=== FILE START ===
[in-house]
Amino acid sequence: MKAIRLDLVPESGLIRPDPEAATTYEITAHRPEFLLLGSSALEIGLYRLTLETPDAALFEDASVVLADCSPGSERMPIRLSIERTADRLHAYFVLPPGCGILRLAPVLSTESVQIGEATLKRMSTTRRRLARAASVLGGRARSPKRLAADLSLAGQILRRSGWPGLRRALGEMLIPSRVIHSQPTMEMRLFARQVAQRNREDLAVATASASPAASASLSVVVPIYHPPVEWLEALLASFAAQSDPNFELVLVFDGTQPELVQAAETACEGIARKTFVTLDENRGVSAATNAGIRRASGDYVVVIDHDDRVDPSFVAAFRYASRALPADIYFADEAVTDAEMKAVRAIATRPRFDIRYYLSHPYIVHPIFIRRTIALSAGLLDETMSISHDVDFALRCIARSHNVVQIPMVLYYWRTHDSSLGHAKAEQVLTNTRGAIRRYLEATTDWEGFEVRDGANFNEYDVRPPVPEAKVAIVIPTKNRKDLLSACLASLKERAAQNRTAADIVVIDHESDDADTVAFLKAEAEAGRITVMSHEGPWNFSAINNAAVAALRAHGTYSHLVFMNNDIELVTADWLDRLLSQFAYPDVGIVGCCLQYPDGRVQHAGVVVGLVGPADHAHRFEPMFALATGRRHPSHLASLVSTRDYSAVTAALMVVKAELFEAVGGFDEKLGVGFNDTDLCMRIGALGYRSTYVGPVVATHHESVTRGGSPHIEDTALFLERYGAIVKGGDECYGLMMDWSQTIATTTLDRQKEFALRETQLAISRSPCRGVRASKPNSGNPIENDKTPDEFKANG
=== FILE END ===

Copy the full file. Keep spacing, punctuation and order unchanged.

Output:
[in-house]
Amino acid sequence: MKAIRLDLVPESGLIRPDPEAATTYEITAHRPEFLLLGSSALEIGLYRLTLETPDAALFEDASVVLADCSPGSERMPIRLSIERTADRLHAYFVLPPGCGILRLAPVLSTESVQIGEATLKRMSTTRRRLARAASVLGGRARSPKRLAADLSLAGQILRRSGWPGLRRALGEMLIPSRVIHSQPTMEMRLFARQVAQRNREDLAVATASASPAASASLSVVVPIYHPPVEWLEALLASFAAQSDPNFELVLVFDGTQPELVQAAETACEGIARKTFVTLDENRGVSAATNAGIRRASGDYVVVIDHDDRVDPSFVAAFRYASRALPADIYFADEAVTDAEMKAVRAIATRPRFDIRYYLSHPYIVHPIFIRRTIALSAGLLDETMSISHDVDFALRCIARSHNVVQIPMVLYYWRTHDSSLGHAKAEQVLTNTRGAIRRYLEATTDWEGFEVRDGANFNEYDVRPPVPEAKVAIVIPTKNRKDLLSACLASLKERAAQNRTAADIVVIDHESDDADTVAFLKAEAEAGRITVMSHEGPWNFSAINNAAVAALRAHGTYSHLVFMNNDIELVTADWLDRLLSQFAYPDVGIVGCCLQYPDGRVQHAGVVVGLVGPADHAHRFEPMFALATGRRHPSHLASLVSTRDYSAVTAALMVVKAELFEAVGGFDEKLGVGFNDTDLCMRIGALGYRSTYVGPVVATHHESVTRGGSPHIEDTALFLERYGAIVKGGDECYGLMMDWSQTIATTTLDRQKEFALRETQLAISRSPCRGVRASKPNSGNPIENDKTPDEFKANG